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How to: 2002 Explorer rear wheel bearing replacement (pictures)

Discussion in 'Stock 2002 - 2005 Explorers' started by Tyler92, August 15, 2009.

^^Searches ExplorerForum.com^^





  1. Pontisteve

    Pontisteve Active Member

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    This is the problem with Ford ball joints. All the boots rot long before the joints go bad. Then, the joints go bad because of the missing boots and you end up having to replace 8 joints!

    Every Ford I've had so far has had the same problem. Hey Ford, learn how to make a damn boot!!! You're costing me nothing but money.

    If you find the boots separately, let me know.
     
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  3. roush9799

    roush9799 Active Member

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    I might be in luck. Energy suspension makes universal ones. I have to get out to the shop and measure them up. They have a video how to measure them on their website. I hate to have to go to the work to replace good joints or possibly spend even more to replace the arms after having to buy bearings, bushings, and parking brake pads since they came out unattached. I have my kids the rest of the day, so I'll let you know my findings tomorrow.
     
  4. roush9799

    roush9799 Active Member

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    How do I know when the hub is seated all the way in the bearing? Its hard to see around the parking brake shoes.
     
  5. Pontisteve

    Pontisteve Active Member

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    The bearing (actually two tapered bearings facing in towards eachother, sitting in a single outer race) is pressed into the spindle until it can't go any more. It sits pretty flush with the bottom of the snap ring groove, and a snap ring is placed in the spindle to keep the bearing from moving outward (yeah, right!).

    I can't really remember how far the hub goes, but as I recall, it can't go any further than you put it in. You could also look at the old one as a guide.

    I remember something now! The brake backing plate has to go on after the bearing is pressed in, but before the hub is pressed in! Also, the bearing needs to be supported just right, so that pressing the hub in doesn't damage the bearing. I'm a bit rusty here. You would do well to go back and read my older posts in this thread, written when I did the job. Whatever I did worked well. It's still going strong 68k miles later.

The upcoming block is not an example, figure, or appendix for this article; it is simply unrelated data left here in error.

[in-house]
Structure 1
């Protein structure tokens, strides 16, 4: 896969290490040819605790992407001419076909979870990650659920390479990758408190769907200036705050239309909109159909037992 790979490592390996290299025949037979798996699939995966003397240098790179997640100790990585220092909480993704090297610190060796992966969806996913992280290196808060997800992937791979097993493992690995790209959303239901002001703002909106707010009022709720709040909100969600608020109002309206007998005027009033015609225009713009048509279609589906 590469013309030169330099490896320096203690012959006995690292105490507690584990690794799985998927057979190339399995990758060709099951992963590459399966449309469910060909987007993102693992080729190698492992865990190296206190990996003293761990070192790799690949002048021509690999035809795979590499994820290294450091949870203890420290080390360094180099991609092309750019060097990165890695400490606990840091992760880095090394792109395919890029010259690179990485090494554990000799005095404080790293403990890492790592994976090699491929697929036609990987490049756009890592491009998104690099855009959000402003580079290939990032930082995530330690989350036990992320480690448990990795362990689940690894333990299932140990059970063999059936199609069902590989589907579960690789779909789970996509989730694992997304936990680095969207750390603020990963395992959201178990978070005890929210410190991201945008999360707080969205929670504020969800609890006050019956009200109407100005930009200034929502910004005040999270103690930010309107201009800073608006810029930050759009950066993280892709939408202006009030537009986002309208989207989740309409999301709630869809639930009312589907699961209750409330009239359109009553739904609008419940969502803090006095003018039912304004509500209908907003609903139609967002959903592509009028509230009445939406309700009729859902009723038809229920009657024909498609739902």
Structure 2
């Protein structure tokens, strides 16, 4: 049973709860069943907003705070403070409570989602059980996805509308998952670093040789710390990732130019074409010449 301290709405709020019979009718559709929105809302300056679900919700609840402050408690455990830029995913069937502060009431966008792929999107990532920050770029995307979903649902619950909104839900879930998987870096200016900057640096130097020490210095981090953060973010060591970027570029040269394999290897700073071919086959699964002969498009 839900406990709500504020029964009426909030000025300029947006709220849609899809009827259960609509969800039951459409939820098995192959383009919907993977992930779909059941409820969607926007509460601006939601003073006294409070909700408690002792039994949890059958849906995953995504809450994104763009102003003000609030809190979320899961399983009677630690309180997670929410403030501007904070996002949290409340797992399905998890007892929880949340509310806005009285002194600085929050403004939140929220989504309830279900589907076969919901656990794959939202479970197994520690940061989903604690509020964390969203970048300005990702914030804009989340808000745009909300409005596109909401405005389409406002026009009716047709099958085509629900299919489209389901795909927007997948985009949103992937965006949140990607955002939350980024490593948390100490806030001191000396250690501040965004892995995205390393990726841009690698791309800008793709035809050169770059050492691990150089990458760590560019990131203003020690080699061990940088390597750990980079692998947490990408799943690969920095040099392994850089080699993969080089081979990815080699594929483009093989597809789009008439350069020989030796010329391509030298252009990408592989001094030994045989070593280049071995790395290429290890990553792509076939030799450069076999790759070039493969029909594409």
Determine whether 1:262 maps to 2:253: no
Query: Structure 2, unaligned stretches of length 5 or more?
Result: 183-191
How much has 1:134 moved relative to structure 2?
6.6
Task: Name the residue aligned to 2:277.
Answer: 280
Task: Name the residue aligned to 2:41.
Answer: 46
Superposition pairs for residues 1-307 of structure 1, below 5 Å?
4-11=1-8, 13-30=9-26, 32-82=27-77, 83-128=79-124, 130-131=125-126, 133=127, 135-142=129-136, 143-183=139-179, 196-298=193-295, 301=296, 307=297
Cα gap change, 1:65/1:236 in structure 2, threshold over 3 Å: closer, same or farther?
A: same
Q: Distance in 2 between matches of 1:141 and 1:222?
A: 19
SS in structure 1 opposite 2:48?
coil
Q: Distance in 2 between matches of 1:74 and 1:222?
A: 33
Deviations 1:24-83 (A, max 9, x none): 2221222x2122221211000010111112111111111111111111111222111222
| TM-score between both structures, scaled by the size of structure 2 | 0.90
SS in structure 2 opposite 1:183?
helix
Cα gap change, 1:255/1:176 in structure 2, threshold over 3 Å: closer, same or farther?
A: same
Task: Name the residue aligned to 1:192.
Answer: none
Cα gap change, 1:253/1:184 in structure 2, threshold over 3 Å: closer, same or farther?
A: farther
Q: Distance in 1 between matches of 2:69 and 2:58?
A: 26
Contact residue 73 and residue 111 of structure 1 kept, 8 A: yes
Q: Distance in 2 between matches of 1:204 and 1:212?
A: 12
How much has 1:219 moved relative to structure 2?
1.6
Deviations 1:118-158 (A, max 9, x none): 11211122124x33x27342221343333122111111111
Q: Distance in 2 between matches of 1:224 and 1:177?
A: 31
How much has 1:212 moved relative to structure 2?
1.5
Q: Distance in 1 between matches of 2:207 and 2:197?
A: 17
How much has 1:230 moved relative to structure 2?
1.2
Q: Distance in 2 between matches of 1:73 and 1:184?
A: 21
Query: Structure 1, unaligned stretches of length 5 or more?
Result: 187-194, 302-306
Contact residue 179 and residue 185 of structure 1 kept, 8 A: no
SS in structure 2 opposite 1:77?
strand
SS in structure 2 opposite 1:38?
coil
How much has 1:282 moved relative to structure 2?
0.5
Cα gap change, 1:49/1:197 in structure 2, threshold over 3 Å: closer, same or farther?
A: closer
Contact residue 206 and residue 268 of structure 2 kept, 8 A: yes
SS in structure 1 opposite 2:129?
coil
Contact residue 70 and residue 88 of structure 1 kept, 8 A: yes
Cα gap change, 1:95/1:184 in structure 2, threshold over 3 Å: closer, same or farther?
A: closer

6. roush9799

    roush9799 Active Member

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    I got them together this morning. I used an old bearing since they came out in one piece to press the new ones into the hub with a flat plate on top of that. Then I put my new park brake shoes on. Then I rested the hub on top of an old bearing ,which was on a flat plate, and pressed the hub into the bearing. After that I put the snap ring in. It's ready to back together. I have about 4 other intermitten jobs going on here at the farm, and two people are gone, so I work on it 20 minutes at a time. I'm in the process of pressing the cross axis joints out of the lower arms to replace. I got one out, gonna press a new one in after lunch.
     
  7. Pontisteve

    Pontisteve Active Member

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    Can you upload pictures of that cross axis joint, and the spindle? I cant remember what that was all about.

    I've been working up prices to see how much all 8 ball joints are gonna cost me. Moog carries a lot of interesting stuff, including Problem Solver replacements and entire control arms. You can buy the rear upper arm complete with joints and bushings for $105, for example.

    The front joints can be bought separately, with part of the control arm, or with the entire control arm. And all the joints can be bought in Problem Solver series.
     
  8. roush9799

    roush9799 Active Member

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    I can take a pick of one of the joints. I got everything back on the road this evening minus a rear end alignment. Much quieter now. I think the cross axis joints were like $11 a piece at O'Reilly. Took a bit of effort to press them out of the arm, but the new ones pressed right in. The cross axis is in the part of the lower arm where the bottom of the knuckle bolts to. My rear uppers were good yet so I let them go for now. On my fronts I replaced just the joints and tie rod ends all with the Moog greasable ones. They didn't cost too much. I used my old a-arms. I did remove the uppers to make it easier to press those in and out. But I didn't see any reason to replace the arms unless the bushings are bad.
     
  9. MerkurRS

    MerkurRS New Member

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    I tackled this whole job today- the fronts were a piece of cake, took less than 30 minutes.

    The rears...a whole other story. This is on a 2006 mind you, so the disassembly process is a bit different- but a helpful thread none the less. However, I broke my 15 ton press trying to press out the LH side bearing. I took it to a friends garage and used his 20 ton press- IT STILL WOULD NOT BUDGE!
    I guess my only choice is take the part to a machine shop and have them press the old one out. I might as well have them do both sides and the hubs since my press is broken.:mad:
     
  10. Pontisteve

    Pontisteve Active Member

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    If you don't break the press, you will break the spindle!

    Knock the bearings out of the outer race, then take a whiz wheel and cut thru a good portion. Of the middle of the race where it's the thickest. Don't cut so much that you dig into the spindle though! Less than 1/8" on the thin outer portion. You just want to weaken the race to the point where it will bust when you press it out.